PNNL Physicist Wins Presidential Honor
RICHLAND, Wash., July 27, 2006 -- Materials physicist Yanwen Zhang of Pacific Northwest National Laboratory received the 2005 Presidential Early Career Award for Scientists and Engineers (PECASE) yesterday -- the highest honor bestowed by the US government on outstanding scientists and engineers beginning their independent careers.
Zhang and 55 other recipients were honored by President Bush yesterday and received their awards from John Marburger, director of the White House Office of Science and Technology Policy. All recipients were nominated for the presidential award by the federal department or agency with which they are affiliated. For example, Zhang first had to be selected by the Department of Energy (DoE) for its Early Career Scientist and Engineer Award, and was one of seven DoE researchers to receive the presidential award. Other federal departments that nominated recipients include Agriculture, Commerce, Education, Defense, and Health and Human Services.
As a PECASE recipient, Zhang receives a five-year commitment from DoE’s Office of Science to continue funding her research. Zhang developed a novel way of measuring the energy loss of atomic particles as they pass through materials. Accurate measurements of such energy loss were a long-standing problem until Zhang successfully used high-resolution, time-of-flight spectroscopy to determine energy loss over a continuous range of energies. Because energy loss of high-energy particles is fundamental to irradiation effects, radiation detection and electronic device manufacturing, Zhang’s discoveries have potential applications in nuclear power, national security, nuclear waste management and energy-efficient electronics.
Zhang, whose research is supported by DoE’s Office of Basic Energy Sciences, is a staff scientist in the Environmental Molecular Sciences Laboratory, a scientific user facility at PNNL. She holds two doctorate degrees, one in engineering physics from Lund University in Sweden and another in science from Beijing Normal University in China.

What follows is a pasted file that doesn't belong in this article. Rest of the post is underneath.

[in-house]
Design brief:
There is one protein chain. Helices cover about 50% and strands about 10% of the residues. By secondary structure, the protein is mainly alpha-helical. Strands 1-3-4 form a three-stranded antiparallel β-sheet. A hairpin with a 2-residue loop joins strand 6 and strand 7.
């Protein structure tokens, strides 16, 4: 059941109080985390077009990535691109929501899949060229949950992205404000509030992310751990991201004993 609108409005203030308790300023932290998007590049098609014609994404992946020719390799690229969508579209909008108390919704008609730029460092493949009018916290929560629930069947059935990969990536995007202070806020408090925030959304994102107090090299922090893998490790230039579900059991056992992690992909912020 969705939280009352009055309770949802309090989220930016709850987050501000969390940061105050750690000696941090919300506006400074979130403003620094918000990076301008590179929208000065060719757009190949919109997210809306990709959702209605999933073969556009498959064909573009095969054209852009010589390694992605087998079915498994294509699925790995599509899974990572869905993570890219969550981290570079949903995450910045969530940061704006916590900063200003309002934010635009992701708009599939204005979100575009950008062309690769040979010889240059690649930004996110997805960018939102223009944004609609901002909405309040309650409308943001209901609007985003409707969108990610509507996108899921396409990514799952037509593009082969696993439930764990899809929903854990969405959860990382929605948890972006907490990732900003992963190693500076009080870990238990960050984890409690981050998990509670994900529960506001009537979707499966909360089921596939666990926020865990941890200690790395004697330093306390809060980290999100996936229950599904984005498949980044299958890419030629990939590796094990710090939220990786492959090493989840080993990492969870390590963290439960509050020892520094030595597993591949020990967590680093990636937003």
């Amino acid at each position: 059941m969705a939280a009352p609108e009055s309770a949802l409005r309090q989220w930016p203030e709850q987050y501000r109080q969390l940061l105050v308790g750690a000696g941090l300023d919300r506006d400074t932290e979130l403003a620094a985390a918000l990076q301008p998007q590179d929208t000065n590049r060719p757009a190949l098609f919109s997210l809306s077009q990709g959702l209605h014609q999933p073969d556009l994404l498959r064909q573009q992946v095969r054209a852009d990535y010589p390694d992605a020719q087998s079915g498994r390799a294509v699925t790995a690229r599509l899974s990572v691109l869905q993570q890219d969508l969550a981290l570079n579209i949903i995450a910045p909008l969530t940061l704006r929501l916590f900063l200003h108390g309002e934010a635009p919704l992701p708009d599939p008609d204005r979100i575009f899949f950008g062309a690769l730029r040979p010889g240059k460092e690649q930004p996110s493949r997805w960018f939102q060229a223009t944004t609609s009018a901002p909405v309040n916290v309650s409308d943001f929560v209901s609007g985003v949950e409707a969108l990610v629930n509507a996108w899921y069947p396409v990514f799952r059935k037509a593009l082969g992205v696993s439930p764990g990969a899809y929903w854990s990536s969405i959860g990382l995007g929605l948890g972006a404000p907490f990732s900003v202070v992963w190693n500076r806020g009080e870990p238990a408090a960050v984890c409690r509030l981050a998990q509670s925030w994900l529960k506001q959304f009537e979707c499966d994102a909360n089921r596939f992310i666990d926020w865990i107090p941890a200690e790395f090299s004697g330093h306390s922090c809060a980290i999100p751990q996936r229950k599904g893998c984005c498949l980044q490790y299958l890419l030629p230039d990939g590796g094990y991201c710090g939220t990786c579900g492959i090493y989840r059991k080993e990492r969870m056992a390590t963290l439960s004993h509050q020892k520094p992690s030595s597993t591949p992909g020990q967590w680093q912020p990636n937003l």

Other 2005 PECASE recipients include: Daniel W. Bardayan of Oak Ridge National Laboratory for his innovative precision nuclear spectroscopy measurements clarifying the production of elements and radioisotopes in exploding stars; Wendelin Wright of Stanford University for her research into the deformation and failure of metals and polymers under dynamic loading using high-speed and spatially-resolved infrared temperature measurements; Michael S. Strano of the University of Illinois at Urbana-Champaign for addressing key technical challenges in the manipulation and control of carbon nanotube structures, enabling new applications in a wide variety of sensors, including medical devices; and Aravinthan D. Samuel of Harvard University for his studies of the neural system of the roundworm using a variety of methods, including ultrafast lasers, to perform "neuronanosurgery." His goal is to ultimately improve mankind's understanding of the neural systems of more complex organisms.
The scientists were also all cited for their mentoring abilities and collaborative work with other researchers.
For a complete list of 2005 PECASE recipients, visit: www.ostp.gov
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